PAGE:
Hong Kong to give cash handouts to low-income residents Hong Kong to give cash handouts to low-income residents

Hong Kong to give cash handouts to low-income residents
06 Apr 2018

Local media are reporting that the Hong Kong government may give cash handouts to low-income residents.

With its annual budget under fire for not including the benefit despite a predicted HK$138 billion (US$17.6 billion) surplus, the government is said to be considering using its Community Care Fund to give pay-outs to adults earning below HK$15,500 (US$1,975) per month, which is the median wage.

According to the Hong Kong Free PressChief Executive Carrie Lam agreed that the government’s public finance situation was very healthy and recorded a large surplus last year.

"But we have to admit that, when we developed measures to share with the public, maybe we have not been very comprehensive," she said. "We have been designing a more wide-ranging sharing scheme. But this is not equal to a city-wide cash handout.”

Lam added that the Financial Secretary had indicated he had reservations about cash handouts that did not have specific targets, a statement which she supported “publicly."

While no official details have been released, Sing Tao Daily cited a source as saying that people who receive Comprehensive Social Security Assistance, Low-income Working Family Allowance or Old Age Allowance would not receive any handouts as the annual budget already allocates them extra benefits.

But despite the proposed handouts, Democratic Party lawmaker James To said the plan was still unfair when compared to the HK$30,000 (US$3,822) tax rebate that a person earning HK$50,000 (US$6,371) per month could receive.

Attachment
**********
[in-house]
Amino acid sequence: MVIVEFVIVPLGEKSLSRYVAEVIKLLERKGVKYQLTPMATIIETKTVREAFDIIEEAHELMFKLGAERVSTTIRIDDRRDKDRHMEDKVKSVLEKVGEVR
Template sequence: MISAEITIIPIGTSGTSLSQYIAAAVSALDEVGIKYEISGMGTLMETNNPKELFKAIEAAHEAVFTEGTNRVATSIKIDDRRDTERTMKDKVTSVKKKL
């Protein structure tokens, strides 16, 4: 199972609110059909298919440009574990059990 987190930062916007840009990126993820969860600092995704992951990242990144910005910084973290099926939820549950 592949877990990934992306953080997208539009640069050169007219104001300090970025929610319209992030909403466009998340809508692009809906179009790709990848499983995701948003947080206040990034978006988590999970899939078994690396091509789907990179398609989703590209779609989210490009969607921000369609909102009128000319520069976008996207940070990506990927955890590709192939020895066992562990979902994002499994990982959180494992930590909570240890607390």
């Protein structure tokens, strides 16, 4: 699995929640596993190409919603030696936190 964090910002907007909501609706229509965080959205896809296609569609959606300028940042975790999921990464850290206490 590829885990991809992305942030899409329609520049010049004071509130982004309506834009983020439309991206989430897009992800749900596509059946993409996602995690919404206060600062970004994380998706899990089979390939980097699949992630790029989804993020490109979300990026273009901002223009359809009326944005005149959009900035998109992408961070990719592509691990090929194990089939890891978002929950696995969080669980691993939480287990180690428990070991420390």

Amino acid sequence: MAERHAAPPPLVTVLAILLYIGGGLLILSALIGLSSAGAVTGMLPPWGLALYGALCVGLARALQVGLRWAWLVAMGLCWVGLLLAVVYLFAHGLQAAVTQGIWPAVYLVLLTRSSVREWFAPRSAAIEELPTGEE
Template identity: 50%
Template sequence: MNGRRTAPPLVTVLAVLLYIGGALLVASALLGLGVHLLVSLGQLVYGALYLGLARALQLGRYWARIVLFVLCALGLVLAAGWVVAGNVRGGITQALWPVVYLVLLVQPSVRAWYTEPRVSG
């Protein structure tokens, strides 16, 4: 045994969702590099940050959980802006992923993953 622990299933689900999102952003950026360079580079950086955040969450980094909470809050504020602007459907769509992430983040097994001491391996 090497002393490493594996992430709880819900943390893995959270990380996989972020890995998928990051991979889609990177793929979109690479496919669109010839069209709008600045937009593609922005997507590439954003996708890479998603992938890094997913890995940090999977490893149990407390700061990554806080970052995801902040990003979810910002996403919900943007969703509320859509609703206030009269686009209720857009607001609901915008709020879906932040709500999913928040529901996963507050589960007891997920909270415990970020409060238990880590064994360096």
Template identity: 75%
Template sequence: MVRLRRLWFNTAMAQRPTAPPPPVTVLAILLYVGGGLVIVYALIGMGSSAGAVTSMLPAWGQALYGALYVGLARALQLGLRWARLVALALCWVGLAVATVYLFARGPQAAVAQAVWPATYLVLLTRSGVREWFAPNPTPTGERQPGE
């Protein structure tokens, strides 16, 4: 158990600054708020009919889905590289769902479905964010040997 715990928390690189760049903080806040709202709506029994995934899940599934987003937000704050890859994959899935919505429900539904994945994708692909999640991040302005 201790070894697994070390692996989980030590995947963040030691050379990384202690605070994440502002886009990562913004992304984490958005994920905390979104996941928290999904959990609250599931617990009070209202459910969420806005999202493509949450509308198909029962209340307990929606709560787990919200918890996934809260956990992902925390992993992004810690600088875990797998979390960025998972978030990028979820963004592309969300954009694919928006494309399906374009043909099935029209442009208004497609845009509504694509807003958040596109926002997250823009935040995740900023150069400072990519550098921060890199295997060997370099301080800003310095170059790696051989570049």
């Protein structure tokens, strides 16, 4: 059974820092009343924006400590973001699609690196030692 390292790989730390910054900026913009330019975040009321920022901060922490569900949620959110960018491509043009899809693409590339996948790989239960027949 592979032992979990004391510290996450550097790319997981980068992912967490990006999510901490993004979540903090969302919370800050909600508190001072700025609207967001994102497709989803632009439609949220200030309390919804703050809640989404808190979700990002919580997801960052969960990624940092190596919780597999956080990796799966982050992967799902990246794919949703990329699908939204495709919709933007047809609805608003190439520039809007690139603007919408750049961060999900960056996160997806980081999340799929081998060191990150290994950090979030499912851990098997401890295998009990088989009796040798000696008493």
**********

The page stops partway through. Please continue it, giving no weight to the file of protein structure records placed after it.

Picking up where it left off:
"There should not be such a big difference," he said. "Residents will still be angry."

New People’s Party lawmaker Regina Ip suggested that cash handouts should also be given to citizens who do not have to pay income tax or who receive fewer than HK$30,000 (US$3,822) in tax rebates.

 Emma Woollacott

Emma Woollacott is a freelance business journalist. Her work has appeared in a wide range of publications, including the Guardian, the Times, Forbes and the BBC.

Local media are reporting that the Hong Kong government may give cash handouts to low-income residents.

With its annual budget under fire for not including the benefit despite a predicted HK$138 billion (US$17.6 billion) surplus, the government is said to be considering using its Community Care Fund to give pay-outs to adults earning below HK$15,500 (US$1,975) per month, which is the median wage.

According to the Hong Kong Free PressChief Executive Carrie Lam agreed that the government’s public finance situation was very healthy and recorded a large surplus last year.

"But we have to admit that, when we developed measures to share with the public, maybe we have not been very comprehensive," she said. "We have been designing a more wide-ranging sharing scheme. But this is not equal to a city-wide cash handout.”

Lam added that the Financial Secretary had indicated he had reservations about cash handouts that did not have specific targets, a statement which she supported “publicly."

While no official details have been released, Sing Tao Daily cited a source as saying that people who receive Comprehensive Social Security Assistance, Low-income Working Family Allowance or Old Age Allowance would not receive any handouts as the annual budget already allocates them extra benefits.

But despite the proposed handouts, Democratic Party lawmaker James To said the plan was still unfair when compared to the HK$30,000 (US$3,822) tax rebate that a person earning HK$50,000 (US$6,371) per month could receive.

"There should not be such a big difference," he said. "Residents will still be angry."

New People’s Party lawmaker Regina Ip suggested that cash handouts should also be given to citizens who do not have to pay income tax or who receive fewer than HK$30,000 (US$3,822) in tax rebates.

 Emma Woollacott

Emma Woollacott is a freelance business journalist. Her work has appeared in a wide range of publications, including the Guardian, the Times, Forbes and the BBC.

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